Nashville-based artist Casper Sage makes music that defies, and blends, genres fitting in equally on playlists labeled alternative R&B, “lowkey” indie soul and, most appropriately, “genre-less.” But it was a classic biopic that first pushed him to play. “My first biggest inspiration was from the movie, Ray Charles,” Sage remembers. “I started learning his songs on piano. I was trying to learn to ‘Mess Around’ and couldn’t quite (get it) so, I got piano lessons. Soon as I got that though, it was like I stopped doing lessons.”
That sense of exploration and restlessness remains on Synthesis+, Sage’s new EP and our Record of the Week. It shows off his gifts as an experimental sound scientist and effortless melody maker taking his professed love for artists like Frank Ocean (Sage has a song called “Frank Ocean Playing in Heaven”) and Dijon (whose song “Rodeo Clown” Sage covered) and mixing them in the spirit of the project’s title to synthesize something new.
Before he landed in Nashville to attend Belmont University, the Oklahoma native tried out Los Angeles. “It was so easy to find inspiration everywhere, but it could almost be like too much noise, and it was oftentimes overstimulating,” Sage recalls. “But Nashville is perfect because you can find your pockets. You can go and be isolated and drive for 45 minutes and go to a park or go to a lake and it feels like Oklahoma. And then you can go into the city and be downtown and move around a little bit and it can feel a little bit busier and a little bit more stimulating. It has both sides of the coin.”
Shortly before starting his first semester at Belmont Sage was back in L.A. where he would first encounter a kindred spirit who would have a direct impact on his musical fortunes. While attending an exclusive Nike event where, apparently, Soulja Boy was riding a Peloton wearing a Gucci headband, Sage spotted a young kid with blond dreads and a red varsity jacket. Sage says he was too shy to say “hi” at the time, but he saw the same kid again a few weeks later eating Wendy’s outside a Belmont dorm. That began what Sage calls a “crazy bond” with the artist known as Midwxst. Sage credits Midwxst with making important music business introductions and being a “huge changing point in my in my career.” Midwxst also asked Sage to open his fall tour.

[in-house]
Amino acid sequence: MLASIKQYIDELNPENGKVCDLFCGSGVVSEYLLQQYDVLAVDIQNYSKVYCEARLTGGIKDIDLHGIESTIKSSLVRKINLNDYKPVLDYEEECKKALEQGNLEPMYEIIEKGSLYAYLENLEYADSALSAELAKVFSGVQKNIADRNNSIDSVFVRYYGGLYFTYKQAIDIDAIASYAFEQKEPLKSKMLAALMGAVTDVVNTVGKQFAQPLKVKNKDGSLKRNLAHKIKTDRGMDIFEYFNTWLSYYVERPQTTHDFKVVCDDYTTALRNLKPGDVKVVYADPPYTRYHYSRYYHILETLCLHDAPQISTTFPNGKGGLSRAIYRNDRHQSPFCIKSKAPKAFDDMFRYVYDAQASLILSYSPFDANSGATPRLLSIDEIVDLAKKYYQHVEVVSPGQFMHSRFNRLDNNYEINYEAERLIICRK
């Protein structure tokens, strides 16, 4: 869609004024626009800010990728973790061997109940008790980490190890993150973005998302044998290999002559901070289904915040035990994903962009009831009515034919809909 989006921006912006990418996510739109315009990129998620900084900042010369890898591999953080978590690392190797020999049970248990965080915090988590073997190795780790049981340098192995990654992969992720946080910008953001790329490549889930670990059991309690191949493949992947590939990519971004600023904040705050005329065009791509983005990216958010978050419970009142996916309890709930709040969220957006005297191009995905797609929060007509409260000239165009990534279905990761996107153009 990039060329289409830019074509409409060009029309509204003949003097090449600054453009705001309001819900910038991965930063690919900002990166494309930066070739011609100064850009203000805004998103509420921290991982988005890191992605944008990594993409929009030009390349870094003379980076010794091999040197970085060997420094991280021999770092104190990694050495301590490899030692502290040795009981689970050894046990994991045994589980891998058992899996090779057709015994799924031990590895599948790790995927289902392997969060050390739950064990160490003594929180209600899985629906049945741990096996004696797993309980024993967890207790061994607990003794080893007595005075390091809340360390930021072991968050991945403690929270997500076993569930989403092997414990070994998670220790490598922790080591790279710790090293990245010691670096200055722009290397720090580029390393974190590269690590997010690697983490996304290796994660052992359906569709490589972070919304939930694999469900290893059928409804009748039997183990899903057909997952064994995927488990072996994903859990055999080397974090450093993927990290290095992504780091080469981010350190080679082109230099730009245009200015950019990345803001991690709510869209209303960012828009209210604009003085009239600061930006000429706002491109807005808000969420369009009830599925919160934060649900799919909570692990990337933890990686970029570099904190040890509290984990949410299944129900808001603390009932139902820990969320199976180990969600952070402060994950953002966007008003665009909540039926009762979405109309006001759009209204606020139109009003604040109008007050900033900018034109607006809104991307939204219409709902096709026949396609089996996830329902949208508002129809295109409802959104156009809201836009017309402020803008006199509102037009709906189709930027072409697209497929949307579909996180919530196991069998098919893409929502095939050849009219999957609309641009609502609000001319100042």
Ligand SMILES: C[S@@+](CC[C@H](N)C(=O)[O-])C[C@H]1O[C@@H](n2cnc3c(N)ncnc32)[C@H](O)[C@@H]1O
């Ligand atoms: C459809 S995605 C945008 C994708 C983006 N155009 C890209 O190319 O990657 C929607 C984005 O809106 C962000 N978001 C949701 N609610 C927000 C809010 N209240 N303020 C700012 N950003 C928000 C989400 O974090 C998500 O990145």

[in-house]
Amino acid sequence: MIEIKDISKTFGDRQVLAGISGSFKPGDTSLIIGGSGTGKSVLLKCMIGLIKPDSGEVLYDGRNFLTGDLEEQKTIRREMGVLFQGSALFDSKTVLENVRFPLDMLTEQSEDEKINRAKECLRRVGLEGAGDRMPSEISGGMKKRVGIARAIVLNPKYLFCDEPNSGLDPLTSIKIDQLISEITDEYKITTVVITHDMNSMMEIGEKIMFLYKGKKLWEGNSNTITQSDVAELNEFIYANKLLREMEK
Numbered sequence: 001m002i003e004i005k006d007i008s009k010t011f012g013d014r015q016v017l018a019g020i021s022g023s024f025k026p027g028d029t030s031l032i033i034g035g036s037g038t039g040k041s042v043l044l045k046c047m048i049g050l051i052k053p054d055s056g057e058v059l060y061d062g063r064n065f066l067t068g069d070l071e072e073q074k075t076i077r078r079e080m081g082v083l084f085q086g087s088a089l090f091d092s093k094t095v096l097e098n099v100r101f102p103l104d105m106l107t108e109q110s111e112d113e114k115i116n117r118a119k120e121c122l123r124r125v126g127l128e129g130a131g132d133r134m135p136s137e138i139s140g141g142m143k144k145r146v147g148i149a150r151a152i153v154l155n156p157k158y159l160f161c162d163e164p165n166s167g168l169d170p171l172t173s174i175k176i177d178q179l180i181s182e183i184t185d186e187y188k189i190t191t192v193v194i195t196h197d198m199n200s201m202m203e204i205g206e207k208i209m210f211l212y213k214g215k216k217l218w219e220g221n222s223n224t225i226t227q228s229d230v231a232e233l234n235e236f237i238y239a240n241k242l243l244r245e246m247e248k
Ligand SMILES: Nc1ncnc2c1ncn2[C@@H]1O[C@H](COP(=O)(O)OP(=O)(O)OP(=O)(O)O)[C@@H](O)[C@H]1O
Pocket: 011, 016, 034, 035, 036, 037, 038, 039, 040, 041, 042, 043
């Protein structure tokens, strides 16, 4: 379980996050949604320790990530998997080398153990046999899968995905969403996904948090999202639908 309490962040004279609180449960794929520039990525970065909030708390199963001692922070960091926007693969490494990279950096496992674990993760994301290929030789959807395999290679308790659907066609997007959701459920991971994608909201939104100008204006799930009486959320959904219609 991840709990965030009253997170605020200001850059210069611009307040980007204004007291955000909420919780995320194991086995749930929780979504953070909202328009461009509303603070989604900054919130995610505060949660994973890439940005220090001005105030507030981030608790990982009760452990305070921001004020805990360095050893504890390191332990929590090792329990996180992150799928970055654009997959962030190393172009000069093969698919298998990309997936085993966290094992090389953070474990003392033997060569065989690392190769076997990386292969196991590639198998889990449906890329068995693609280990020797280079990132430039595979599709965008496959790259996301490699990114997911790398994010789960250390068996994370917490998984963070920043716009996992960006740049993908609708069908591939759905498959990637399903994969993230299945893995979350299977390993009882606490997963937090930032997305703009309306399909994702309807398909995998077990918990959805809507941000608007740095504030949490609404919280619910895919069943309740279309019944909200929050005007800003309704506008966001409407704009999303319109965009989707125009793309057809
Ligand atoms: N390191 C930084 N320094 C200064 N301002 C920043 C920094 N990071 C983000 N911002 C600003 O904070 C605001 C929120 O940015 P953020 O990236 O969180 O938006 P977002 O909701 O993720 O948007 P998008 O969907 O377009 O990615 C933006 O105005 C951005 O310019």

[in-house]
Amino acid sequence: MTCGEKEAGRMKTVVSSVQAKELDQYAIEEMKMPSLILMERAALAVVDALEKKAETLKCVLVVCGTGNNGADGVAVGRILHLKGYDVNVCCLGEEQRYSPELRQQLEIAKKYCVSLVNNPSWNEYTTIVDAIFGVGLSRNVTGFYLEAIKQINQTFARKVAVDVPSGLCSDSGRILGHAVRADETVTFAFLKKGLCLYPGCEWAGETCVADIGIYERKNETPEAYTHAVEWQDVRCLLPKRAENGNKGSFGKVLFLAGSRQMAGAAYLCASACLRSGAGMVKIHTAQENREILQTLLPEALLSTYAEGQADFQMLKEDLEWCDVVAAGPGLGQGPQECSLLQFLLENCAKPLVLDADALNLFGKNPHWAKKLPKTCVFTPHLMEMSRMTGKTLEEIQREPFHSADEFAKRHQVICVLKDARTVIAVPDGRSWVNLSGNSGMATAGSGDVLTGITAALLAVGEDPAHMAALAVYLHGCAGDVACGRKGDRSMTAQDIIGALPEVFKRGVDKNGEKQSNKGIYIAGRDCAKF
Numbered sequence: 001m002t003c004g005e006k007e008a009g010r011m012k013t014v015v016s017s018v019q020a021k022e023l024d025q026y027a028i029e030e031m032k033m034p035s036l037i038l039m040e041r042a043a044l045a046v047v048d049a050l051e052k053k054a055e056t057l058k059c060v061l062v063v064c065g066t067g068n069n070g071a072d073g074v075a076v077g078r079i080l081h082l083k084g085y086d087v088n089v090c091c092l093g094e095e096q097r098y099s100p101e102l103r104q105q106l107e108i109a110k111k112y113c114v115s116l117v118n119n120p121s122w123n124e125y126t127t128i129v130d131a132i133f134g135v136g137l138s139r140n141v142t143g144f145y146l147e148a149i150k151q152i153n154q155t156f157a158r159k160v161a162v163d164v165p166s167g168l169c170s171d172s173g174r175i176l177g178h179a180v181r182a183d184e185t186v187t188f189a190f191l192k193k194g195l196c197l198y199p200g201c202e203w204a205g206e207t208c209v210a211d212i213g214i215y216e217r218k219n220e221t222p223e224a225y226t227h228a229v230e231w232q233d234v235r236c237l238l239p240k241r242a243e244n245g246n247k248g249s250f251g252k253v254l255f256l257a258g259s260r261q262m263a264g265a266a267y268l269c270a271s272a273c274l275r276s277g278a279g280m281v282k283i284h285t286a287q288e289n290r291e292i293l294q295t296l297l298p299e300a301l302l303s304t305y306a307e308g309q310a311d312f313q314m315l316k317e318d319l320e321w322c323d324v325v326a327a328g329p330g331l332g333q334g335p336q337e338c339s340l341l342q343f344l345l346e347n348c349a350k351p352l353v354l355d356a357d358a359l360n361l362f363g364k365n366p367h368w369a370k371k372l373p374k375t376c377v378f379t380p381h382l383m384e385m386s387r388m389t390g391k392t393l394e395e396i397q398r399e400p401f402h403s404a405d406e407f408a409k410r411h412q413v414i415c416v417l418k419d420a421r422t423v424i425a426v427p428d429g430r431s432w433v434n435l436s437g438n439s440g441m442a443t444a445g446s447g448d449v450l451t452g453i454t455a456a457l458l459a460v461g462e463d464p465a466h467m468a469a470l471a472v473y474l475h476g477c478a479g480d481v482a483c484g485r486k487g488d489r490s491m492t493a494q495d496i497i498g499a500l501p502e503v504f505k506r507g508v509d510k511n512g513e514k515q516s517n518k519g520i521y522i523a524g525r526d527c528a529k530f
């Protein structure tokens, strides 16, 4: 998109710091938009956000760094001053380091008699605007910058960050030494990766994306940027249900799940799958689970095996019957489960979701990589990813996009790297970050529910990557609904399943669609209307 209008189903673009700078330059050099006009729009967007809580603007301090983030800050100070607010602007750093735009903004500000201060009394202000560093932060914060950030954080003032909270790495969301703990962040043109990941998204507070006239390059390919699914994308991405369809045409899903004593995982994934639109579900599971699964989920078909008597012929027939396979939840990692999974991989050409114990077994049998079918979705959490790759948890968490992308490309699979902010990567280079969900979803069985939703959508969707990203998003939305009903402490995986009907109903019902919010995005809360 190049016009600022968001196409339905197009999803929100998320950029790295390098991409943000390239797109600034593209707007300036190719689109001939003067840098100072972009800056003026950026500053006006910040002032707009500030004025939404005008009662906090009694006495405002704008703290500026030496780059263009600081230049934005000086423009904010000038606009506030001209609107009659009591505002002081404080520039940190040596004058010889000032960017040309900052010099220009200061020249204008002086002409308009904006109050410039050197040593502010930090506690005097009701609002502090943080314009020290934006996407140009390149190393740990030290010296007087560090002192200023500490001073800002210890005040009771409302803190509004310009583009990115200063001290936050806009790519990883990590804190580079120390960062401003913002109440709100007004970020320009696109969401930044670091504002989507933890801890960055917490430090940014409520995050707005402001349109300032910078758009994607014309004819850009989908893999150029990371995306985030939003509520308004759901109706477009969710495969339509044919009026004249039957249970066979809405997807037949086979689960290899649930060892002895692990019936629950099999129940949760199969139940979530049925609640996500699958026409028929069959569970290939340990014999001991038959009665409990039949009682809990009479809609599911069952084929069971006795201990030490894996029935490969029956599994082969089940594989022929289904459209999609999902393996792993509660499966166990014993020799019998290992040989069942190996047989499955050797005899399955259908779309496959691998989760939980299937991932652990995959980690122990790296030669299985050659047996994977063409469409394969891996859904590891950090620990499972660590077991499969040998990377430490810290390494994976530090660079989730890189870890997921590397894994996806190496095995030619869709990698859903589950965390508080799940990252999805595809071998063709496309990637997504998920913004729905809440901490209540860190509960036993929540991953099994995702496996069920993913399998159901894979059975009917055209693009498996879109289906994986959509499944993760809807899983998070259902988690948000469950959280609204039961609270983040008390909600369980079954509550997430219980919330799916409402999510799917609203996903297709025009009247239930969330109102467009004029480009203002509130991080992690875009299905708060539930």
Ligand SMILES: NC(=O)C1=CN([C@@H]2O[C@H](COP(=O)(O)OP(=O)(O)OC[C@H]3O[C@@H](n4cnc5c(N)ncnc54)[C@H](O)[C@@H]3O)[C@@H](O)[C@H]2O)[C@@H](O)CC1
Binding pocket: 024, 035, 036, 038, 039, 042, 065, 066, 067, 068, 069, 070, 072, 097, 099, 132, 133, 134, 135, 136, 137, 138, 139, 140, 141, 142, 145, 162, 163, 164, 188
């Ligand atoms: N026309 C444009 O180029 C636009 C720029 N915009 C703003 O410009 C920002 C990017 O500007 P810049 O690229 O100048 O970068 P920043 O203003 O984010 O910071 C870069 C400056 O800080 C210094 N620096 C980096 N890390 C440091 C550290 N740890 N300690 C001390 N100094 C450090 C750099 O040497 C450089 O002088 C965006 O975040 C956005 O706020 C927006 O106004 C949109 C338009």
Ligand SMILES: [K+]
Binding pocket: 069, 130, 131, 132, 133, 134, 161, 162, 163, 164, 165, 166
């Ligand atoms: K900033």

Below, Sage shares some specific thoughts on a few standout tracks from Synthesis+.
“I’ve been reading a lot of the Tao Te Ching and had been reading a lot of different philosophy, and I had never kind of bridged that with songwriting before. So ‘Flow State’ was my first time trying to do that, and it was also with new friends that I had just made and we had just all gotten to Belmont. We were coming out of COVID, so it was like all these different things that allowed for what had been a long time of overcoming to kind of be alleviated and to, yeah, try and find flow again.”
“So I have a voice memo in my phone of me, like, beatboxing the drums, ‘dum de dum dum’… Yeah, the feel was the drums first. The drums usually aren’t a hook, except for some very distinct cases, like the Isley Brothers song that became the Thundercat song. I like that those drums are a hook. And in ‘U4EA,’ it’s kind of a similar situation. And then I put the clavinet on top of that, and after that, everything took care of itself. It was so easy because it’s just, yeah, the drums and the clav just meshed so well that I was in a very distinct place just from those two instruments. And at that point it’s just about filling in the gaps.”
“I knew exactly what I was doing with making it ‘FML’. The stigmatized FML matches the mood of the song perfectly but it really stands for ‘Forgive Me Love,’ which is like the whole premise of the song. I was just making a mess and getting it on to people who didn’t deserve any of it. It was no one’s fault except mine that they were having to deal with what I kept on just having trouble with. And sometimes the cycle that I’m obsessed with, it’s not a good one. And it’s about breaking that and breaking through and finding it in myself to make my way back to where I want to be and taking my own agency with the whole thing. Because we all have our downfall and our way of alleviating the pain of it. A lot of what I’ve learned about love is that it’s a lot of the time about understanding rather than anything other than that. I’m complicated and I don’t always get myself (laughs). Without music and the people who are closest to me I would be a mess.”